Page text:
are BSD-style Open Source licenses. In case of any license issues related to OpenSSL please contact
openssl-core@openssl.org.
OpenSSL License:
Copyright © 1998-2007 The OpenSSL Project. All rights reserved.
Redistribution and use in source and binary forms, with or without modification, are permitted provided
that the following conditions are met:
1. Redistributions of source code must retain the copyright notice, this list of conditions and the
following disclaimer.
2. Redistributions in binary form must reproduce the above copyright notice, this list of conditions, and
the following disclaimer in the documentation and/or other materials provided with the distribution.
xxxvi
Cisco Prime Access Registrar 6.1 User Guide
OL-29756-01
Obtaining Documentation and Submitting a Service Request
3. All advertising materials mentioning features or use of this software must display the following
acknowledgment: “This product includes software developed by the OpenSSL Project for use in the
OpenSSL Toolkit (http://www.openssl.org/)”.
4. The names “OpenSSL Toolkit” and “OpenSSL Project” must not be used to endorse or promote
products derived from this software without prior written permission. For written permission, please
contact openssl-core@openssl.org.
5. Products derived from this software may not be called “OpenSSL” nor may “OpenSSL” appear in
their names without prior written permission of the OpenSSL Project.
6. Redistributions of any form whatsoever must retain the following acknowledgment:
“This product includes software developed by the OpenSSL Project for use in the OpenSSL Toolkit
(http://www.openssl.org/)”.
THIS SOFTWARE IS PROVIDED BY THE OpenSSL PROJECT “AS IS”' AND ANY EXPRESSED OR
IMPLIED WARRANTIES, INCLUDING, BUT NOT LIMITED TO, THE IMPLIED WARRANTIES
OF MERCHANTABILITY AND FITNESS FOR A PARTICULAR PURPOSE ARE DISCLAIMED. IN
NO EVENT SHALL THE OpenSSL PROJECT OR ITS CONTRIBUTORS BE LIABLE FOR ANY
DIRECT, INDIRECT, INCIDENTAL, SPECIAL, EXEMPLARY, OR CONSEQUENTIAL DAMAGES
(INCLUDING, BUT NOT LIMITED TO, PROCUREMENT OF SUBSTITUTE GOODS OR
SERVICES; LOSS OF USE, DATA, OR PROFITS; OR BUSINESS INTERRUPTION) HOWEVER
CAUSED AND ON ANY THEORY OF LIABILITY, WHETHER IN CONTRACT, STRICT
LIABILITY, OR TORT (INCLUDING NEGLIGENCE OR OTHERWISE) ARISING IN ANY WAY
OUT OF THE USE OF THIS SOFTWARE, EVEN IF ADVISED OF THE POSSIBILITY OF SUCH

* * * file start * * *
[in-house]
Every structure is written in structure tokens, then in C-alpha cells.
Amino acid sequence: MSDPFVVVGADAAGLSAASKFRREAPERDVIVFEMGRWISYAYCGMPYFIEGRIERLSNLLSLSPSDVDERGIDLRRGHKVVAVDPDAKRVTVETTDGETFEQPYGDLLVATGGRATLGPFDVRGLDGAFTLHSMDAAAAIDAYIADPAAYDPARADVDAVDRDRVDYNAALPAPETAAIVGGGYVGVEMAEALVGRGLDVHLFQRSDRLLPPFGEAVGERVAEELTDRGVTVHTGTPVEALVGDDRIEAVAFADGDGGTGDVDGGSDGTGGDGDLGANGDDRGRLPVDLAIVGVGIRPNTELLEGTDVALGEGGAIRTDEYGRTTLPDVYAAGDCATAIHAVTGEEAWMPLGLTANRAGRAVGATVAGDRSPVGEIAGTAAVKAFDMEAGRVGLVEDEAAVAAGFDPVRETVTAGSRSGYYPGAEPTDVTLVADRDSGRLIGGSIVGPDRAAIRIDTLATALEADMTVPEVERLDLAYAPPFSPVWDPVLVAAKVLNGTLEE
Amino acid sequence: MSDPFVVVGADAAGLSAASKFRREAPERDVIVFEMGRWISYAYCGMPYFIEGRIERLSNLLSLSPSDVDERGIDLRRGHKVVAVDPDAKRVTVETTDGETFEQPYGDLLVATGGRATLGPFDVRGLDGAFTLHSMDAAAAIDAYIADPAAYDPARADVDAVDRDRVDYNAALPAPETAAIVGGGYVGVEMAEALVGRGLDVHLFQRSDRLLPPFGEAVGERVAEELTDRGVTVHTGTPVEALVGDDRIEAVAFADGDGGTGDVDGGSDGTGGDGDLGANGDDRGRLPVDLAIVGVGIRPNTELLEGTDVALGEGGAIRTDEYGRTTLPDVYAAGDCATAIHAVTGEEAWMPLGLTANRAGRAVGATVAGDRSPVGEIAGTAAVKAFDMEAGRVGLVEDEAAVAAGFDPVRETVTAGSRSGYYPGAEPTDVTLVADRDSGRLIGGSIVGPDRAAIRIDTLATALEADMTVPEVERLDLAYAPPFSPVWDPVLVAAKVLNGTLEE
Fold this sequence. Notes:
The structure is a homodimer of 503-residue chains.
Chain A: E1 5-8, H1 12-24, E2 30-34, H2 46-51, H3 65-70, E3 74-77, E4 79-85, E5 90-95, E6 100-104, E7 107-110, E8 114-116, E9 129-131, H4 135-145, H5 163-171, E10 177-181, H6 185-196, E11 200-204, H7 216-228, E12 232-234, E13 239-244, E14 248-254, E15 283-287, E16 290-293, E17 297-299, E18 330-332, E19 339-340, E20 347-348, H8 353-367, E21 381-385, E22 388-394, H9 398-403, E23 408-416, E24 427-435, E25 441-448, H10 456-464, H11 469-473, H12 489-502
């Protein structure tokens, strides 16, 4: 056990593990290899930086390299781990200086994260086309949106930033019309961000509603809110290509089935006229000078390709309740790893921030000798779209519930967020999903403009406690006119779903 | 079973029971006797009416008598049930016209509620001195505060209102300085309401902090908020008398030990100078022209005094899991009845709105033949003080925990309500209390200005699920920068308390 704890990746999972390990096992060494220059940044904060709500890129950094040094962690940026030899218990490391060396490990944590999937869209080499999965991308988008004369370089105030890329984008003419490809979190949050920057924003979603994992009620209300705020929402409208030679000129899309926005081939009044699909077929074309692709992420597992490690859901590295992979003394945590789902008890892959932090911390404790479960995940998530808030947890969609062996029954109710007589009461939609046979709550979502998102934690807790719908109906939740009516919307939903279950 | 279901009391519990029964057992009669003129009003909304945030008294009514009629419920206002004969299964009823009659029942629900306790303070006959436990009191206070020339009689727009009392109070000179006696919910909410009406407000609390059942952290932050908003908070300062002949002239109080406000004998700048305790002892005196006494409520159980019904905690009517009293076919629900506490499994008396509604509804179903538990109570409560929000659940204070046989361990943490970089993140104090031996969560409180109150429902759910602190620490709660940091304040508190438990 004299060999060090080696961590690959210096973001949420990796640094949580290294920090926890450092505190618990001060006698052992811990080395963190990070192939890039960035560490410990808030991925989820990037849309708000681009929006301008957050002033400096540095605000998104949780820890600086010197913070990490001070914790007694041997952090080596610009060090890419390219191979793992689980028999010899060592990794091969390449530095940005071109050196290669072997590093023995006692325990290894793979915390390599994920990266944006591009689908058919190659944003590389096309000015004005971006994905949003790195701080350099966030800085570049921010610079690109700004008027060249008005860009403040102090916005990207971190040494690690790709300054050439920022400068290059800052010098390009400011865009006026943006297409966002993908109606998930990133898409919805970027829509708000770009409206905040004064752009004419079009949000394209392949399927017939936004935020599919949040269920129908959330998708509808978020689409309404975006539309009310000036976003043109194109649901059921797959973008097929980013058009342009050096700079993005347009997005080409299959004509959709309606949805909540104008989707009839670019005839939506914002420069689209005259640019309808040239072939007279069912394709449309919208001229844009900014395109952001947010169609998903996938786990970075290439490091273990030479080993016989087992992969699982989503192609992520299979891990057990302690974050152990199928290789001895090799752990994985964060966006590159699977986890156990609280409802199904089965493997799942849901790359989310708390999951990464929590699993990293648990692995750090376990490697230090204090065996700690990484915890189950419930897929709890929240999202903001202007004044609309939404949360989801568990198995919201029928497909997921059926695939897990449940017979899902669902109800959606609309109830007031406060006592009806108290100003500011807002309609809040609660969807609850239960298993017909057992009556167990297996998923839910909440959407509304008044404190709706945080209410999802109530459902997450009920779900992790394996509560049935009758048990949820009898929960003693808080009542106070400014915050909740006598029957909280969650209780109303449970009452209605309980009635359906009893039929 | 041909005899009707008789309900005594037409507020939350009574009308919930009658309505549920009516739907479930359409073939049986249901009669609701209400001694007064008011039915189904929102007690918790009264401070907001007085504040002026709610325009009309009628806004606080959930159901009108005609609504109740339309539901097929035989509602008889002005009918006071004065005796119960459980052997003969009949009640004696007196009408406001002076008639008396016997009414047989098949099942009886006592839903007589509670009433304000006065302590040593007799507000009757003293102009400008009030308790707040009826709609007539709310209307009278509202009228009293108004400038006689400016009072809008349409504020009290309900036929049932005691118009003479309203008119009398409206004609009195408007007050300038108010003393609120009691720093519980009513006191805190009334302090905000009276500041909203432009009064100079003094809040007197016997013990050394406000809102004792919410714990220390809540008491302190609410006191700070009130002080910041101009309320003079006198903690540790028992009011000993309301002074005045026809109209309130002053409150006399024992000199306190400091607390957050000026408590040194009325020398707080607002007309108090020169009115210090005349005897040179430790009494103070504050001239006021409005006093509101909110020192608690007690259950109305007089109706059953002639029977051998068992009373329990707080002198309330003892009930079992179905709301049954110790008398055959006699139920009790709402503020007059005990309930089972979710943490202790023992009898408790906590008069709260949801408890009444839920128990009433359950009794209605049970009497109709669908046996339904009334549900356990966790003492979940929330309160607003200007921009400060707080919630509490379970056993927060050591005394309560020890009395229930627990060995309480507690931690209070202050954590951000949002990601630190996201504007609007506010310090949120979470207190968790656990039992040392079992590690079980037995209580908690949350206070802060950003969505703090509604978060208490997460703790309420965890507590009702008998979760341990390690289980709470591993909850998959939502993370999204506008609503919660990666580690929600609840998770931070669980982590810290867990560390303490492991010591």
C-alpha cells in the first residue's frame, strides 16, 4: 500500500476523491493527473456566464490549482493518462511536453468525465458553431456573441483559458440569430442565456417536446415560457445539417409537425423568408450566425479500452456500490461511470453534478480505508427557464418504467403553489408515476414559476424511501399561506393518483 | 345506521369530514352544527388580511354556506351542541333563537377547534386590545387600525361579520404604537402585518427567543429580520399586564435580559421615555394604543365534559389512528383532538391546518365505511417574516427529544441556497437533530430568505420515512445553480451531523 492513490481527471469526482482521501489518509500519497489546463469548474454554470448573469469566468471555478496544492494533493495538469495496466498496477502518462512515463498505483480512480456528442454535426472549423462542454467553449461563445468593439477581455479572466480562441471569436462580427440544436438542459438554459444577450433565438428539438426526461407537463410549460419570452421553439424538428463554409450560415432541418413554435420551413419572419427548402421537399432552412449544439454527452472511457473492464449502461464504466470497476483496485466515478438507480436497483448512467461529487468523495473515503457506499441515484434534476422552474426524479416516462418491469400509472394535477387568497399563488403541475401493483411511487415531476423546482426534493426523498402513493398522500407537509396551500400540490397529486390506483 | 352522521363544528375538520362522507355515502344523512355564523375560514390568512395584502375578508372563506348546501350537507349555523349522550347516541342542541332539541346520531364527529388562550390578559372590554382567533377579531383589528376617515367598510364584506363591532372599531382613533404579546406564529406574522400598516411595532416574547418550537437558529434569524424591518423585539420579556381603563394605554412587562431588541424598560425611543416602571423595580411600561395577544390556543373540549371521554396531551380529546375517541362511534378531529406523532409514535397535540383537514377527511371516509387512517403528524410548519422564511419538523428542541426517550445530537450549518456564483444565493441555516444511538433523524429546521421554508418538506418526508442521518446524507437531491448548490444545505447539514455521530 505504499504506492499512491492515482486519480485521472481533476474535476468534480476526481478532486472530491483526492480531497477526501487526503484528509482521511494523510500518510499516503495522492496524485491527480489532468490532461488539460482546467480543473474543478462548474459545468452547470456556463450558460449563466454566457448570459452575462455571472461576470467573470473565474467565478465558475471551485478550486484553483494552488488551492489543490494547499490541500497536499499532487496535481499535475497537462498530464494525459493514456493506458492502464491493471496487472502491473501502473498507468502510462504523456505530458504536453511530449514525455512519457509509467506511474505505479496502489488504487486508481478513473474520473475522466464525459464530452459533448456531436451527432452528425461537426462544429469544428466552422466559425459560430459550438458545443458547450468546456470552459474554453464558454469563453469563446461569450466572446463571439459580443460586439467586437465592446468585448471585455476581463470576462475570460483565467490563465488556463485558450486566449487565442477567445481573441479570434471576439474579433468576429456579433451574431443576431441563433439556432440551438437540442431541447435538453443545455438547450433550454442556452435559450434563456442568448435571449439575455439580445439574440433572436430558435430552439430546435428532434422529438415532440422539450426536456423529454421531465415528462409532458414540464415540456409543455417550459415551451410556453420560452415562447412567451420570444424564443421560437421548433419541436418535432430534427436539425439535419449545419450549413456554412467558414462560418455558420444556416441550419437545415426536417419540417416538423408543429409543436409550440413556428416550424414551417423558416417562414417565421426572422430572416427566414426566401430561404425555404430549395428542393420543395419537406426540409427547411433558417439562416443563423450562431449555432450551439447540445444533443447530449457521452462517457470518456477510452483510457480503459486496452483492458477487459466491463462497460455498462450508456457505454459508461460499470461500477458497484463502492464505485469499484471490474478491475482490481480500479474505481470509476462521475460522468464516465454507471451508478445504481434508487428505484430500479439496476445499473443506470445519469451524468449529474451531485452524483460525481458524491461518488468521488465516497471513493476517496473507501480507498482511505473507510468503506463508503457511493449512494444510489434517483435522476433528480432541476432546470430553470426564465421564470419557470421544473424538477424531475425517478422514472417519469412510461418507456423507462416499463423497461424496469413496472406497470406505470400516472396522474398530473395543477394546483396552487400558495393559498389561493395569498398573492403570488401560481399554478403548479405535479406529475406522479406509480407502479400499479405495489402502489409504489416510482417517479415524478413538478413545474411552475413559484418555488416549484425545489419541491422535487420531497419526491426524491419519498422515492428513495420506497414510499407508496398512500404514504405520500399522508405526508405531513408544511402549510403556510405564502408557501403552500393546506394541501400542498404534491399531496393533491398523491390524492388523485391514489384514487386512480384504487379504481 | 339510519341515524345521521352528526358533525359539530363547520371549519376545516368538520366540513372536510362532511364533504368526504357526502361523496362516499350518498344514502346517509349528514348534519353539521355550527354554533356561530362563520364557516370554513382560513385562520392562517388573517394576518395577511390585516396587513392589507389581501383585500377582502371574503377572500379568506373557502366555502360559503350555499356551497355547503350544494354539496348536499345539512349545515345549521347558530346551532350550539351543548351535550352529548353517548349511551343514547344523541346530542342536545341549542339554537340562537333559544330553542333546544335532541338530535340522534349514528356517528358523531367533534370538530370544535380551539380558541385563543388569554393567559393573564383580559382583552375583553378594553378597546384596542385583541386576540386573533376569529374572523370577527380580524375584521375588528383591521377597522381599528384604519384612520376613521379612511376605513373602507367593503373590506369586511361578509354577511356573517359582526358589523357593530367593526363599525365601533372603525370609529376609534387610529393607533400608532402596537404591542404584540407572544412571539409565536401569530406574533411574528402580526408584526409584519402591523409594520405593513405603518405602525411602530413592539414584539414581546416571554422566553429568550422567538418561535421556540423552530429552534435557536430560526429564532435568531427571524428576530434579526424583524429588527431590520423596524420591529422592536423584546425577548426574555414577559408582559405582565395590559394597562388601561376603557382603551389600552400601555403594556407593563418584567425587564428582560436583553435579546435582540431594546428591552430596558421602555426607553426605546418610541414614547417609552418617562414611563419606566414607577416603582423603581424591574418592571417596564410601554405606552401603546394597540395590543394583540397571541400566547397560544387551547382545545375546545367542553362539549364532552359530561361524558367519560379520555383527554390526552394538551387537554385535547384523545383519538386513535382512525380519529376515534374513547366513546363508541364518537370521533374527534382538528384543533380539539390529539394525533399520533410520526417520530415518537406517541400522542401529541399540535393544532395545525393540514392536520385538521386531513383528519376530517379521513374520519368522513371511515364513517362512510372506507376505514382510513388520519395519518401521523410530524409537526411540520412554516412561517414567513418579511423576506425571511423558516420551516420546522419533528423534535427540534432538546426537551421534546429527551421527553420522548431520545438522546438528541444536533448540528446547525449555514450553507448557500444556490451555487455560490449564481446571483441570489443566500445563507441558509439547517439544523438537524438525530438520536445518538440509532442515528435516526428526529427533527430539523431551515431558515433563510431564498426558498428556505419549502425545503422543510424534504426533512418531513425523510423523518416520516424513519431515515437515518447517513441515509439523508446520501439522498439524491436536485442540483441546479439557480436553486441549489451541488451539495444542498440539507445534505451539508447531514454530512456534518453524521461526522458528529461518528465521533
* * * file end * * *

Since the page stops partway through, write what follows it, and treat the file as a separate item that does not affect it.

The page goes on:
DAMAGE.
This product includes cryptographic software written by Eric Young (eay@cryptsoft.com). This product
includes software written by Tim Hudson (tjh@cryptsoft.com).
Original SSLeay License:
Copyright © 1995-1998 Eric Young (eay@cryptsoft.com). All rights reserved.
This package is an SSL implementation written by Eric Young (eay@cryptsoft.com).
The implementation was written so as to conform with Netscapes SSL.
This library is free for commercial and non-commercial use as long as the following conditions are
adhered to. The following conditions apply to all code found in this distribution, be it the RC4, RSA,
lhash, DES, etc., code; not just the SSL code. The SSL documentation included with this distribution is
covered by the same copyright terms except that the holder is Tim Hudson (tjh@cryptsoft.com).
Copyright remains Eric Young’s, and as such any Copyright notices in the code are not to be removed.
If this package is used in a product, Eric Young should be given attribution as the author of the parts of
the library used. This can be in the form of a textual message at program startup or in documentation
(online or textual) provided with the package.
Redistribution and use in source and binary forms, with or without modification, are permitted provided
that the following conditions are met:
1. Redistributions of source code must retain the copyright notice, this list of conditions and the
following disclaimer.
2. Redistributions in binary form must reproduce the above copyright notice, this list of conditions and
the following disclaimer in the documentation and/or other materials provided with the distribution.